What we're reading, September 21, 2016: Missouri law to charge Medicaid patients for missed doctor's appointments is in limbo; generic drugs' potential to bring down costs; fitness trackers cause people to lose less weight.
A controversial law in Missouri that would charge Medicaid recipients late fees for missing appointments may not go into effect for a year. According to the St. Louis Post-Dispatch, Missouri’s Republican-led Legislature overrode the Democratic governor’s veto of the measure, but the future of the law remains in limbo. The law would charge $5 for the first missed appointment and would allow $8 co-pays for Medicaid patients who seek non-emergency care in an emergency room.
Increased focus and attention on rising drug prices can bring about positive results, according to Chip Davis, president and CEO of the Generic Pharmaceutical Association. In a statement, Davis laid out policies and principles for policy makers to consider to promote access to affordable generic drugs and improve development of generics. Davis did address the few instances of generic drugs that have had large price increases and he noted that these are in the minority.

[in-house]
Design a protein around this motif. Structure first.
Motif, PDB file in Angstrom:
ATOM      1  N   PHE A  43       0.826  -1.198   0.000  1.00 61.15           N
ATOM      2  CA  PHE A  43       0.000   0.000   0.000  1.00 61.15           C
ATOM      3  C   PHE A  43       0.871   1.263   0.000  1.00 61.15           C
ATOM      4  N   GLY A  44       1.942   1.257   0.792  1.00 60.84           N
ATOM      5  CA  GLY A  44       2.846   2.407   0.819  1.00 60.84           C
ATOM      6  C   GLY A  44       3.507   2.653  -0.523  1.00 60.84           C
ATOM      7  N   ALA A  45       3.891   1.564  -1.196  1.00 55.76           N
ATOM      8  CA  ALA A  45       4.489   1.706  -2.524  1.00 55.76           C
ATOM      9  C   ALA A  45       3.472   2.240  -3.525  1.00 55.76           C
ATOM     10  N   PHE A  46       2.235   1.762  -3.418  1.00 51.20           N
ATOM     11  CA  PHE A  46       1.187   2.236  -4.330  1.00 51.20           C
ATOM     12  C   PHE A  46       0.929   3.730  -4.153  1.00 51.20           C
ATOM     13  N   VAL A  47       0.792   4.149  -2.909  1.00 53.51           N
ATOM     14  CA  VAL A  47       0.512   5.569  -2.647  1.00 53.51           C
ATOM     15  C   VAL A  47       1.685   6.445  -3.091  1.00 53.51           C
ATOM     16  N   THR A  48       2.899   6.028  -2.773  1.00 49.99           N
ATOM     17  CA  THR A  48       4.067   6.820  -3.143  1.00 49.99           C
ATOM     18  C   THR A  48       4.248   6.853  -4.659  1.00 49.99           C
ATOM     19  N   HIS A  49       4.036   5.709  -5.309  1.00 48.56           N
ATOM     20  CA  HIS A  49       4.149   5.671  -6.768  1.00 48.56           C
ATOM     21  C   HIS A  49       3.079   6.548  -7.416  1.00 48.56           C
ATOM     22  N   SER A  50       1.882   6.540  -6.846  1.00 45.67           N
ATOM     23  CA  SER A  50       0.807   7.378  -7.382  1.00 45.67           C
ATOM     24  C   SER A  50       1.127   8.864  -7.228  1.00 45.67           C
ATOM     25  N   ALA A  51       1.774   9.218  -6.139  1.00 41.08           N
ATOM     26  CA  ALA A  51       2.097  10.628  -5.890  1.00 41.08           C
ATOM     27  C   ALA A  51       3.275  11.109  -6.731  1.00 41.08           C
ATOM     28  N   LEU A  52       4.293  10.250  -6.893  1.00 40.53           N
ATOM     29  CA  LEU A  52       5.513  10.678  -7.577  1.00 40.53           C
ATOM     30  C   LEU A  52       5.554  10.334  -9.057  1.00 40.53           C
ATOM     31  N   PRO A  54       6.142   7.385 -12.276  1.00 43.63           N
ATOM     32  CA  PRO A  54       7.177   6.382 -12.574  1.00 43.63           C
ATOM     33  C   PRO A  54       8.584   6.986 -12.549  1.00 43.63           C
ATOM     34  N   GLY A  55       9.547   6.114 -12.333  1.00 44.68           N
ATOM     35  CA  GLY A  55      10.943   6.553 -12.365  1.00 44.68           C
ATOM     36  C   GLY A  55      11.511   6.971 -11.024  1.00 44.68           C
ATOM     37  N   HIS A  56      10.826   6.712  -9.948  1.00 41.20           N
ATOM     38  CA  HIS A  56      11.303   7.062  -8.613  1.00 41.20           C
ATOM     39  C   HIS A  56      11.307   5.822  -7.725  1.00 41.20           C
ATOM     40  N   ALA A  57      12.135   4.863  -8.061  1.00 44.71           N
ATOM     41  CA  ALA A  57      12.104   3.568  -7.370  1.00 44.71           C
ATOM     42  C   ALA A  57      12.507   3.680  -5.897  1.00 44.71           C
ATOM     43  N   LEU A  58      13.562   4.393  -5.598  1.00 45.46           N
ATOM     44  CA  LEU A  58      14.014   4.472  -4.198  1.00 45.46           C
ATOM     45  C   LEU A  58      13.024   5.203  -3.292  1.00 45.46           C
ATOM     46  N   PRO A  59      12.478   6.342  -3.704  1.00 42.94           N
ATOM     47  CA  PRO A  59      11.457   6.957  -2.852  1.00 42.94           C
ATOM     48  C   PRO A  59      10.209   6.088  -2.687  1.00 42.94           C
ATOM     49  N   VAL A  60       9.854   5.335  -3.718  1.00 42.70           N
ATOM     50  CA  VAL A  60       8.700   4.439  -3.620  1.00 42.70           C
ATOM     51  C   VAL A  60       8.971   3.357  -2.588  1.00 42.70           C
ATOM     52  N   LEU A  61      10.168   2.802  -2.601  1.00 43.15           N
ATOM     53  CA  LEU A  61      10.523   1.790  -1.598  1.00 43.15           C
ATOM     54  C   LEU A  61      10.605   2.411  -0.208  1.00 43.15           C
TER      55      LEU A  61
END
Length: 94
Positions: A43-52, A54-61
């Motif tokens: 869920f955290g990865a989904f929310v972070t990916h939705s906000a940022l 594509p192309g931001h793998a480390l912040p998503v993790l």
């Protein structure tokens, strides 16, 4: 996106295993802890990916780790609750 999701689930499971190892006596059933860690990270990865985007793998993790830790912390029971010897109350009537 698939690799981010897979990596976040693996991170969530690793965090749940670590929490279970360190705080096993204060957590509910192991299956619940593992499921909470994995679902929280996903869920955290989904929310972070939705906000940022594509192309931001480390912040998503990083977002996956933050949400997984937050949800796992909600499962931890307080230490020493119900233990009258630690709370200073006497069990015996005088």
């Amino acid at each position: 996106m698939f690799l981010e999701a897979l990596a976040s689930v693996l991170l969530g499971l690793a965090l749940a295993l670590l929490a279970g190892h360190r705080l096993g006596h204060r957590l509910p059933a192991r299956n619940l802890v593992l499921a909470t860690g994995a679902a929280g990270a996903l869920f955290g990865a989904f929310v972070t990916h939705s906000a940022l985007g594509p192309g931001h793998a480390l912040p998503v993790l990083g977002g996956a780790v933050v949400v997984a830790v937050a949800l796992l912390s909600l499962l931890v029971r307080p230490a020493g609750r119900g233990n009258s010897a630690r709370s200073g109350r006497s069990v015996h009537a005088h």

Fitness trackers may be popular, but they aren’t helping people lose weight. A study of overweight or obese young adults who were put on a diet and asked to exercise more with only half given fitness trackers found that people with the trackers lost less weight, reported NPR. There are a few explanations for the outcome, one of which being that people with the trackers may have been able to better see how much they exercised and so they thought they could eat more.